Is Fort Worth's Outdoorsy Vibe Its Saving Grace?
As the coronavirus pandemic pushes consumers to outdoor-centric restaurants and retail establishments, Fort Worth is poised to benefit from historic redevelopment projects downtown that play off the area's cowboy roots and nature-loving aesthetic.
One of the more noteworthy projects attracting attention is the rehabilitation of the 180K SF Horse and Mule Barns, known as Mule Alley, at the Fort Worth Stockyards.
Anchored by the new Hotel Drover, which offers outside gathering sites and exclusive dining to visitors, the historic redevelopment is blending the city's past with its future.
As the pandemic has shaken up the market, The Stockyards has benefited from the outdoor nature of the destination and the low-rise office building concept that is dominant among Fort Worth's historic buildings, Fort Worth real estate experts say.
Social distancing guidelines requiring space between customers and guidance that outdoor spaces are generally safer in the pandemic than interior, closed-in areas have turned destinations with exterior common areas or patios into preferred sites for accommodating guests. Low-rise office buildings are likewise seen as more appealing because they are less dense and because occupiers don't need to use tightly enclosed elevators to reach their spaces.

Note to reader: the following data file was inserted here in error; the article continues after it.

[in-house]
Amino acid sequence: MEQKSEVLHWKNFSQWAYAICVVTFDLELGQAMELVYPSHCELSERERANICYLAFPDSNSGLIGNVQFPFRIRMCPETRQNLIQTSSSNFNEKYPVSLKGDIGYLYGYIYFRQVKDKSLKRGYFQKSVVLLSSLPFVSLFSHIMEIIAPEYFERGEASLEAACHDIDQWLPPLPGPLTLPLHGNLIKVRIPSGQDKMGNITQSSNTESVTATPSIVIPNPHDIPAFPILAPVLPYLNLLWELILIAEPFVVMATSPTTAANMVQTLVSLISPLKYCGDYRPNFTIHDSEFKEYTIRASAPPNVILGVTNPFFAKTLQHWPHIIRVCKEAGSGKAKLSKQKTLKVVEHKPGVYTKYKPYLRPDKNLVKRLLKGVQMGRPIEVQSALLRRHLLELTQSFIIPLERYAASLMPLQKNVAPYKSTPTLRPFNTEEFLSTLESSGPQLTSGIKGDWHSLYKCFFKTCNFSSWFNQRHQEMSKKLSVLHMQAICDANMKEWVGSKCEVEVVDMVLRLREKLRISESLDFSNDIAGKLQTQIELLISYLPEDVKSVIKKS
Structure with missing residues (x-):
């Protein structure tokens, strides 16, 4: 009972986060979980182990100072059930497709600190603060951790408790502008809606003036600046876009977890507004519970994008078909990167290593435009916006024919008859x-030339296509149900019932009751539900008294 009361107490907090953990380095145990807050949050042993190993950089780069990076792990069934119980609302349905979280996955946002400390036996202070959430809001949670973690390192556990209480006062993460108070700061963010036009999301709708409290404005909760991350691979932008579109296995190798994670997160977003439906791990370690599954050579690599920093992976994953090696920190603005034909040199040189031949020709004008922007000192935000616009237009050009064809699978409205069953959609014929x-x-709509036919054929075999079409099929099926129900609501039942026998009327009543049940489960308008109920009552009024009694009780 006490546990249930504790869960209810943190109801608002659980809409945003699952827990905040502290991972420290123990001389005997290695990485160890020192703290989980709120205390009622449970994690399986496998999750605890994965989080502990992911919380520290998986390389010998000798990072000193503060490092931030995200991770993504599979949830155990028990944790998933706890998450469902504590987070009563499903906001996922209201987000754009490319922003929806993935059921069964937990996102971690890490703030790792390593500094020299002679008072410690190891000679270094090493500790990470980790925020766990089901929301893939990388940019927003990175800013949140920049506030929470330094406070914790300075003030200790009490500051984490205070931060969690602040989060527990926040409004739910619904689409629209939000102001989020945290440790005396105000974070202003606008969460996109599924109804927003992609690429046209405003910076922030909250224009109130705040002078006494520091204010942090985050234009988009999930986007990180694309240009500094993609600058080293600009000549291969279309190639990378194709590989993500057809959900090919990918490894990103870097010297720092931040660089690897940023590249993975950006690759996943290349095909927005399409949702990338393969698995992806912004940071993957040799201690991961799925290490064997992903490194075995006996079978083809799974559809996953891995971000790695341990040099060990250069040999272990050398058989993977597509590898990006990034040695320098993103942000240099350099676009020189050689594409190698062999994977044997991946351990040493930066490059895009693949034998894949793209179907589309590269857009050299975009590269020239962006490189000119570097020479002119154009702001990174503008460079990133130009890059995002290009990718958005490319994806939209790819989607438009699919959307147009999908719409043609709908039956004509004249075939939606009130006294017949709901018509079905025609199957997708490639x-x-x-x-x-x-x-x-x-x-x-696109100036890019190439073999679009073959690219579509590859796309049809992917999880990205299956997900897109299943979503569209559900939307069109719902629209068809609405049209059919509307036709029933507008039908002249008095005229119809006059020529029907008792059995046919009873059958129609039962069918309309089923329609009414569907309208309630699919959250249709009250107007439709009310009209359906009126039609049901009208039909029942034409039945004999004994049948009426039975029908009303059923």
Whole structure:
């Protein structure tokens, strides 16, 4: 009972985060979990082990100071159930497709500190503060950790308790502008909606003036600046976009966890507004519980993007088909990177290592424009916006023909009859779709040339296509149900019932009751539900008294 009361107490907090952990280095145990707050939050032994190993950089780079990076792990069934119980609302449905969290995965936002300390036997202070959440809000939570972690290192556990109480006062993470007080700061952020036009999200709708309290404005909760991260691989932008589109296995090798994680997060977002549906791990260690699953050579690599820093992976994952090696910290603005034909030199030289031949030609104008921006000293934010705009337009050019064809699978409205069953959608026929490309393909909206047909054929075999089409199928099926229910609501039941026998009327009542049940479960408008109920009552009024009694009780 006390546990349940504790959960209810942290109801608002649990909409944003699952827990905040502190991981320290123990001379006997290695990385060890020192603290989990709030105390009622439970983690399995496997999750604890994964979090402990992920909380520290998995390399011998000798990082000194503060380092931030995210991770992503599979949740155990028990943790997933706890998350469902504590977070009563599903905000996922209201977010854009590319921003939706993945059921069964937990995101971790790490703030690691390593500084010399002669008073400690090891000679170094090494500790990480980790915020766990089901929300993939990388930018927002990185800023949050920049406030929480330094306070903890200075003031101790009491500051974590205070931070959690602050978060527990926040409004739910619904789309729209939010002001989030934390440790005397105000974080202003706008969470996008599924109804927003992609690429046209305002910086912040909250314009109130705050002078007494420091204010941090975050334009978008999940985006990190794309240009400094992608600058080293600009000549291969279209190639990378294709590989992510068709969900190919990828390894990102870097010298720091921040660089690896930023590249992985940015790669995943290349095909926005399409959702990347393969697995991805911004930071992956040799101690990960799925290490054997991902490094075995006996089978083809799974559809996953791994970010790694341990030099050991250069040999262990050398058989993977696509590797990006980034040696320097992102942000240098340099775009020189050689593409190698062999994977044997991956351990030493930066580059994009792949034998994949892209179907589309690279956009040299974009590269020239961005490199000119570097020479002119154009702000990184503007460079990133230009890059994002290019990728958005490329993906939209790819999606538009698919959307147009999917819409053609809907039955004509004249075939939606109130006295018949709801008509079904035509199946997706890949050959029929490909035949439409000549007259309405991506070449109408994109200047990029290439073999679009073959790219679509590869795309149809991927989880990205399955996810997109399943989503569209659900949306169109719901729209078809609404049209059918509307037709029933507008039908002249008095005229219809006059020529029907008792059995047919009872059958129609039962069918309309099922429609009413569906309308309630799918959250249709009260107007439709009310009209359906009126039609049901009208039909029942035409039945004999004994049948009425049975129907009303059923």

“As far as trends, I think people will flock more [post-coronavirus] to [buildings] in the low-rise category, such as The Stockyards,” M2G Ventures developer Jessica Miller-Essl said while speaking at Bisnow's The Changing Landscape of Fort Worth webinar Tuesday.
Miller-Essl's firm was chosen to help activate retail and tenant activity inside the redeveloped Mule Alley at the Stockyards. The initiative wooed key tenants such as digital advertising solutions firm Simpli.fi and brewery and dining concept Second Rodeo Brewing to the alley. Demand for space hasn't slowed since the pandemic, and Miller-Essl said she is still fielding calls for leases.
Miller-Essl believes office tenants looking for space in DFW amid the pandemic will behave like Simpli.fi and “double down on having more of a campus-style environment” to call home.
“Fort Worth is poised [to benefit] because of our low-rise nature to attract more [tenants] than other cities would,” Miller-Essl said. “We've benefited a lot by being an outdoor environment.”
Dining outdoors also has turned into a crucial amenity within the hospitality sector, putting the entirety of The Stockyards and Mule Alley tenant Second Rodeo Brewing in a prime spot to attract guests.
The restaurant's owner, Jason Boso, has 4K SF of restaurant space situated indoors and another 14K SF outside at his Stockyards location. This year, in particular, Second Rodeo Brewing's outdoor space is generating both traffic and revenue for Boso.
“I have businesses all over the state of Texas and some out of Texas, and the science is there: It’s outdoors,” Boso said.
“If you are a restaurant, and you don’t have a large patio or some outdoor space that can be used all year round, you are hurting for sure, and my businesses that don’t have that are 50% down. But my businesses that have large outdoor spaces, some of them are actually up from 2019 as people clamor to stay safe but still socialize.”